Search tips
Search criteria 


Logo of plosonePLoS OneView this ArticleSubmit to PLoSGet E-mail AlertsContact UsPublic Library of Science (PLoS)
PLoS One. 2010; 5(5): e10551.
Published online 2010 May 10. doi:  10.1371/journal.pone.0010551
PMCID: PMC2866661

MicroRNA-29b Regulates the Expression Level of Human Progranulin, a Secreted Glycoprotein Implicated in Frontotemporal Dementia

Mark R. Cookson, Editor


Progranulin deficiency is thought to cause some forms of frontotemporal dementia (FTD), a major early-onset age-dependent neurodegenerative disease. How progranulin (PGRN) expression is regulated is largely unknown. We identified an evolutionarily conserved binding site for microRNA-29b (miR-29b) in the 3′ untranslated region (3′UTR) of the human PGRN (hPGRN) mRNA. miR-29b downregulates the expression of luciferase through hPGRN or mouse PGRN (mPGRN) 3′UTRs, and the regulation was abolished by mutations in the miR-29b binding site. To examine the direct effect of manipulating endogenous miR-29b on hPGRN expression, we established a stable NIH3T3 cell line that expresses hPGRN under the control of the cytomegalovirus promoter. Ectopic expression of miR-29b decreased hPGRN expression at the both mRNA and protein levels. Conversely, knockdown of endogenous miR-29b with locked nucleic acid increased the production and secretion of hPGRN in NIH3T3 cells. Endogenous hPGRN in HEK 293 cells was also regulated by miR-29b. These findings identify miR-29b as a novel posttranscriptional regulator of PGRN expression, raising the possibility that miR-29b or other miRNAs might be targeted therapeutically to increase hPGRN levels in some FTD patients.


Frontotemporal dementia (FTD) is associated with focal atrophy in the frontal and/or temporal lobes that alters personality and social behaviors and impairs language and cognition, among other clinical manifestations [1]. FTD is now recognized as the most common cause of early onset dementia in people under the age of 60, but effective treatment is still unavailable [2]. In addition to pathogenic mutations in TAU [3], [4], several disease genes have been identified that offer great hope for elucidating the pathogenic mechanisms of FTD and developing therapeutic approaches. These genes encode the AAA-type ATPase valosin-containing protein [5], the endosomal sorting complex required for transport III (ESCRT-III) component CHMP2B [6], and a secreted glycoprotein called progranulin [7], [8]. In addition, two RNA-binding proteins, TDP-43 [9], [10] and FUS [11], [12], have been identified in subsets of FTD brains as major ubiquitylated proteins in tau-negative cytoplasmic inclusions.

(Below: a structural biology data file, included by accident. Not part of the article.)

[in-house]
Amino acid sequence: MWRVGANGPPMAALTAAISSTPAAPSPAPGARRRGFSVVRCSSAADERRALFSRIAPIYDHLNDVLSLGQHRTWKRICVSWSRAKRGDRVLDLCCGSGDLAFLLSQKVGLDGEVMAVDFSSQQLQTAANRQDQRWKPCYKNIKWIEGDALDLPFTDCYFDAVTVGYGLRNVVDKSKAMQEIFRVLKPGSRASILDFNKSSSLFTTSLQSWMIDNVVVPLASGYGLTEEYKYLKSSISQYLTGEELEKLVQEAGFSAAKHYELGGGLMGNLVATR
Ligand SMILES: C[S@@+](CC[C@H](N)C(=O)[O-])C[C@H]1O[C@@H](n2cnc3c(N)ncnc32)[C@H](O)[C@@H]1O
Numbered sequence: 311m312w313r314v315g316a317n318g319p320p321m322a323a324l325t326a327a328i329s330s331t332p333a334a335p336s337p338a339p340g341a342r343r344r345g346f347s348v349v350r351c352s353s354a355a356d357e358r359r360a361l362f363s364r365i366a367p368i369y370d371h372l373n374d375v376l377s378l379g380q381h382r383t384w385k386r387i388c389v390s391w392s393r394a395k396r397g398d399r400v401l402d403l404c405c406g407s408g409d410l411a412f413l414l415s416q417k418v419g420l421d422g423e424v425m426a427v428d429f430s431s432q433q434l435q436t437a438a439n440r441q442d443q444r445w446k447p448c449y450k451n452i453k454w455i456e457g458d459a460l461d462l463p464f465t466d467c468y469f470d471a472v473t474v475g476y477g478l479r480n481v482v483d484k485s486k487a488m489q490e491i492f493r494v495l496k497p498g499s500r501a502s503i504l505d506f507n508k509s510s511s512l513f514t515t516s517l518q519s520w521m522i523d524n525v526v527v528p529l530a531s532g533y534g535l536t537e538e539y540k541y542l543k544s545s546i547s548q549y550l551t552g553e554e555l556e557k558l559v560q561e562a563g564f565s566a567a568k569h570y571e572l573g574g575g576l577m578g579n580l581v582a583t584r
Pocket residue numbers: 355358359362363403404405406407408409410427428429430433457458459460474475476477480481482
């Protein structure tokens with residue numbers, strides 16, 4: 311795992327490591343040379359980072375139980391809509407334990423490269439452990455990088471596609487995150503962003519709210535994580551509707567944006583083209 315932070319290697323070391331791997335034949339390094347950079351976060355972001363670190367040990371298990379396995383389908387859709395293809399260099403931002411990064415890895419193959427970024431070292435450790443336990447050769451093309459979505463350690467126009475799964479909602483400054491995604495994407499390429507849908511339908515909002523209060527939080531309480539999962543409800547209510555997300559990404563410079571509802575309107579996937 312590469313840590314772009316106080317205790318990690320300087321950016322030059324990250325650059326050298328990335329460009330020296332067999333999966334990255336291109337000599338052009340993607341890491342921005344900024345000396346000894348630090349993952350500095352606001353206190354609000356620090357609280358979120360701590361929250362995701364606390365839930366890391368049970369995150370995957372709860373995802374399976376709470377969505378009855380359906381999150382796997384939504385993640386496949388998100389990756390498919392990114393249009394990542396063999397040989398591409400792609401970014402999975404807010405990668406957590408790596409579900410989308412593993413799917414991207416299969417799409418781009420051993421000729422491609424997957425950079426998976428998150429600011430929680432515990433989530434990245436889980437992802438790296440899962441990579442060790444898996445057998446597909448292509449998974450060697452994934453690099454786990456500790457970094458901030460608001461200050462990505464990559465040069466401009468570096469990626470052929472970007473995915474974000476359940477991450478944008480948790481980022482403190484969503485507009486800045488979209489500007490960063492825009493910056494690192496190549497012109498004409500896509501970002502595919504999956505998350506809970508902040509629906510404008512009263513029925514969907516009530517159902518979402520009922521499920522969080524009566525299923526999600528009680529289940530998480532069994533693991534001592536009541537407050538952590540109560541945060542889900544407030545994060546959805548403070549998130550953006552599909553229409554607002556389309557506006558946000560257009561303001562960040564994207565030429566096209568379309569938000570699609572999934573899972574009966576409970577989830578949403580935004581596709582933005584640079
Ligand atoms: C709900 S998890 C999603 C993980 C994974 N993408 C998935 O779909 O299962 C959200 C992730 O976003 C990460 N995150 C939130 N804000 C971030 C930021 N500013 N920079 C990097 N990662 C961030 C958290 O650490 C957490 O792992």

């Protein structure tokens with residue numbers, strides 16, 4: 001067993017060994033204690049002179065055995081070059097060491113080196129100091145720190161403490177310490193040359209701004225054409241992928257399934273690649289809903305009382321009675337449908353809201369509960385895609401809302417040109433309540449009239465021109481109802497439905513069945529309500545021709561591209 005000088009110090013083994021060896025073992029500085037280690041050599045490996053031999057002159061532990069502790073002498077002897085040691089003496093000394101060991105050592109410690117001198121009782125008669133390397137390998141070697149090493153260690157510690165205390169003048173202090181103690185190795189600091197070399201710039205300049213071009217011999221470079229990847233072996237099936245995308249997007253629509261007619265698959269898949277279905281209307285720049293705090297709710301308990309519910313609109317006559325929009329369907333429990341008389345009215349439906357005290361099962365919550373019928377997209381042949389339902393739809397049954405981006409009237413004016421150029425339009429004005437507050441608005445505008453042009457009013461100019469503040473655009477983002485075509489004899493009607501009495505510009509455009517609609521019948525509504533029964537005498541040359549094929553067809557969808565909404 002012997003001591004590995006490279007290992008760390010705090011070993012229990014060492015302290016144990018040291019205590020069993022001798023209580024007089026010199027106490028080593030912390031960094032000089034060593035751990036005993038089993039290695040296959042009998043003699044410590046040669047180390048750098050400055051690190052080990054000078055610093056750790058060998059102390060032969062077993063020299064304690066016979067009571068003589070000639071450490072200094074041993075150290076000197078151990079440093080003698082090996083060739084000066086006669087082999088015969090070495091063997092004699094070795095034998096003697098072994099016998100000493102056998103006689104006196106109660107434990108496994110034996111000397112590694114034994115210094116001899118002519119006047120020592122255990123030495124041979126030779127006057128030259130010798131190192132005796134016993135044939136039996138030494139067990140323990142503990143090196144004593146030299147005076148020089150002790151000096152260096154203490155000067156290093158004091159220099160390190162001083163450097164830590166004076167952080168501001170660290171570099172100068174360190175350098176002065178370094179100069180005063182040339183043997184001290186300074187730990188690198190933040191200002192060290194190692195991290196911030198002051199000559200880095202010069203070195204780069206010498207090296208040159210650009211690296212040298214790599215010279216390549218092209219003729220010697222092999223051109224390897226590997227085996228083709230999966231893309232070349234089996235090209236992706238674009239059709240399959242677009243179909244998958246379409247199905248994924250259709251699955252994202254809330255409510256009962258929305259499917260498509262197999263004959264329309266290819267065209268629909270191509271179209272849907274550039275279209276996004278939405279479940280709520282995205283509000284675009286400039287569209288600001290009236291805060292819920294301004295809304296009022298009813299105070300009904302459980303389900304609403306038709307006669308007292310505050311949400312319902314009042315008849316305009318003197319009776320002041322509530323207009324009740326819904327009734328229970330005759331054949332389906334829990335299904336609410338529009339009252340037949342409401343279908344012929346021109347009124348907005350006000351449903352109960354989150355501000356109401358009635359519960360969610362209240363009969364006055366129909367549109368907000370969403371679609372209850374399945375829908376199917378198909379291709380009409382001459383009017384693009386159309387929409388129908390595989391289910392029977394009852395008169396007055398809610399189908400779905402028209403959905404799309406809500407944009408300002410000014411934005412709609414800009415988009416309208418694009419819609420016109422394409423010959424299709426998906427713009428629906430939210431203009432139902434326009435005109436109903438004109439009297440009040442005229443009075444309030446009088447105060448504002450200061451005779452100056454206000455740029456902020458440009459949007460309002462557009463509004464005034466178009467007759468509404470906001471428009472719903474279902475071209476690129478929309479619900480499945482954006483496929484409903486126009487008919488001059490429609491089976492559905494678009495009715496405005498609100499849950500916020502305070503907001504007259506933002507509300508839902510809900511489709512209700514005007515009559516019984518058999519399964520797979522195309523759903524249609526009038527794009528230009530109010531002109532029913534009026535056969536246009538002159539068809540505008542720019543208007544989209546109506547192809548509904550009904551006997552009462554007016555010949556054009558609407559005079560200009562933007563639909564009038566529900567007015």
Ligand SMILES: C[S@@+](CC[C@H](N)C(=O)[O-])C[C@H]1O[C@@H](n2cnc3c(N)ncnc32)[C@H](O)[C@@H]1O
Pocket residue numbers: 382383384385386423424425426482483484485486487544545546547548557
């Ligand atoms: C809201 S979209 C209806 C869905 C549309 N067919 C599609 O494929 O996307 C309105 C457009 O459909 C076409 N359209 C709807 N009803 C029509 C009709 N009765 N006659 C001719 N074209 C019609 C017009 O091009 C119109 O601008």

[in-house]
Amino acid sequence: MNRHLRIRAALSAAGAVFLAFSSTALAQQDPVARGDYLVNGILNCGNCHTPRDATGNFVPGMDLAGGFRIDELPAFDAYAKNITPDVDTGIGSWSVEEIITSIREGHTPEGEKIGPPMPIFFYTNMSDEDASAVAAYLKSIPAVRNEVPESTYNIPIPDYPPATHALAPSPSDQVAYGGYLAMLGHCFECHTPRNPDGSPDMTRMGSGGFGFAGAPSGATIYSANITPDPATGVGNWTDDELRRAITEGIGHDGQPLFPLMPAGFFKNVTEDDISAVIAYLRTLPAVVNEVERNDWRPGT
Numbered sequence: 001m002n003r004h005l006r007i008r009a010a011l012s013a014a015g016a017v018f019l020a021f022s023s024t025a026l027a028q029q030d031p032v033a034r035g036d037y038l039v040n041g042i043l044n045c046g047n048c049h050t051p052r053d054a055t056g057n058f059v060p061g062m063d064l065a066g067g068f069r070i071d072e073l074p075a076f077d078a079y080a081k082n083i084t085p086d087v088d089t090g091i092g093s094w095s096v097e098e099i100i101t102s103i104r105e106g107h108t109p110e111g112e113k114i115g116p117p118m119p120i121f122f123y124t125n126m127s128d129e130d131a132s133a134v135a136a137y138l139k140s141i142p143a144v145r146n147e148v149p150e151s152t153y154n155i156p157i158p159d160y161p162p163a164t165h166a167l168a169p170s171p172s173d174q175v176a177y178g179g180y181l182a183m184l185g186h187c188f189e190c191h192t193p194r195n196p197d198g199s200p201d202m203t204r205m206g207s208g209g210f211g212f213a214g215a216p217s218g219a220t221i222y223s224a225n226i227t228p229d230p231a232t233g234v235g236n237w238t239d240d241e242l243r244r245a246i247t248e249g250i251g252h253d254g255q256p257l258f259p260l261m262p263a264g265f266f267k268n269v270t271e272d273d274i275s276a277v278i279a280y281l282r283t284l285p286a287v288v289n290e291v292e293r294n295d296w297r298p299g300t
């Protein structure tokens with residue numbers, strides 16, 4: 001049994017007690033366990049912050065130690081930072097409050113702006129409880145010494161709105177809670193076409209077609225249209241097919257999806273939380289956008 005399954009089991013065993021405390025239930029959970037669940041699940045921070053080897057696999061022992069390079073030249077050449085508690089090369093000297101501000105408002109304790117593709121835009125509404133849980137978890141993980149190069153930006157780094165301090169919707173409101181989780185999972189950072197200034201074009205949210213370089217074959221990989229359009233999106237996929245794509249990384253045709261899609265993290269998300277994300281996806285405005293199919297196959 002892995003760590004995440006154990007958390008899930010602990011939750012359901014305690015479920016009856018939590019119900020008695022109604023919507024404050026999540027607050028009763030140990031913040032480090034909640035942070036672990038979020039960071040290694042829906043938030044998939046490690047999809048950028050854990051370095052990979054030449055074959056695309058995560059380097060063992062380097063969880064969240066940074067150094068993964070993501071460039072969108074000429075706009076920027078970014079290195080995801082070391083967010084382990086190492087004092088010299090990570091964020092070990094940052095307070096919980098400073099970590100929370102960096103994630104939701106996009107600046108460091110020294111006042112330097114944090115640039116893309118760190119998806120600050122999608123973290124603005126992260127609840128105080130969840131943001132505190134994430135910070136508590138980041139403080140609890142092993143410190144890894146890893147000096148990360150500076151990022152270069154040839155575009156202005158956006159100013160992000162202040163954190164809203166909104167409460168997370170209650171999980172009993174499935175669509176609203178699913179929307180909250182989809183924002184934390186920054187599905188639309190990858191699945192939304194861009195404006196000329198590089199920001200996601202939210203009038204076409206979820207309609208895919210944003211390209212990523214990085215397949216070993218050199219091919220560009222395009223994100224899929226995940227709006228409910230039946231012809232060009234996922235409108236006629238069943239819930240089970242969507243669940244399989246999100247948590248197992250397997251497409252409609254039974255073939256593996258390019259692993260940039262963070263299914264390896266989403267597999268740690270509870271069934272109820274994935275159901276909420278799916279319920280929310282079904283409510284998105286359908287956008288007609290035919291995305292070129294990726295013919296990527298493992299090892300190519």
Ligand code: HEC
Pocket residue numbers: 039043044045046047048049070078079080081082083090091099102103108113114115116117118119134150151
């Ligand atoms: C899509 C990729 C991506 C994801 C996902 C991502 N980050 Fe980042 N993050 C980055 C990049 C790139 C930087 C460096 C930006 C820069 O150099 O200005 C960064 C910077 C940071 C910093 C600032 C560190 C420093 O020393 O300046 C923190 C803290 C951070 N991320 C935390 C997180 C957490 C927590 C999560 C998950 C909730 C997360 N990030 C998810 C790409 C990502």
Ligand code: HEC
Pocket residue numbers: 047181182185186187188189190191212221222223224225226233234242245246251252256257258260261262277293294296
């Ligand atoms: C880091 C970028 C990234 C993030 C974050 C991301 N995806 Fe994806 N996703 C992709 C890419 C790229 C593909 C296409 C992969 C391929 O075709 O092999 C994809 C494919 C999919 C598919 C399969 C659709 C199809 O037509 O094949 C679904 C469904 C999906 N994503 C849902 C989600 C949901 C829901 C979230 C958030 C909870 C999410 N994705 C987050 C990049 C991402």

Among these pathogenic factors, progranulin stands out with two unique features. First, encoded by the GRN gene, it is the only secreted protein [13]. Second, the underlying mechanism of FTD associated with progranulin mutations is thought to be haploinsufficiency [7], [8], whereas other disease proteins seem to contribute to pathogenesis, at least in part, through toxic gain-of-function mechanisms [14][17]. Thus, molecular interventions that increase the production and secretion of progranulin from the remaining wildtype GRN allele are potential therapeutic strategies. In principle, progranulin expression and secretion in neurons or other cell types in the brain could be regulated by multiple mechanisms—none of which have been extensively investigated.

MicroRNAs (miRNAs) are small, noncoding RNAs that regulate gene expression mostly by binding to the 3′ untranslated region (3′UTR) of target mRNAs [18], [19]. Typically 21–23 nucleotides long, miRNAs repress translation or decrease the stability of their target mRNAs [18][20]. Some miRNAs evidently upregulate the expression of their target mRNAs by binding to 5′UTRs or coding regions [21], [22]. miRNAs are involved in gene expression in a wide range of cellular and developmental contexts, including the nervous system [23][25]. Although the human genome has 500 or more miRNAs, each predicted to target hundreds of mRNAs [18][20], few miRNA–target interactions have been validated experimentally. Because of their small size, miRNAs and their target sites are becoming attractive candidates for developing potential therapeutic approaches for human diseases [26].

In this study, we identified a miR-29b binding site in the 3′UTR of hPGRN mRNA. Both overexpression and locked nucleic acid (LNA) knockdown experiments demonstrated a role for miR-29b in regulating progranulin expression through its 3′UTR. Increased progranulin translation led to increased secretion. Thus, miR-29b is novel regulator of progranulin expression, raising the possibility of manipulating the activities of miR-29b and other miRNAs in the adult brain to treat FTD associated with progranulin deficiency.


The 3′UTR of hPGRN mRNA Contains a Predicted miR-29b Binding Site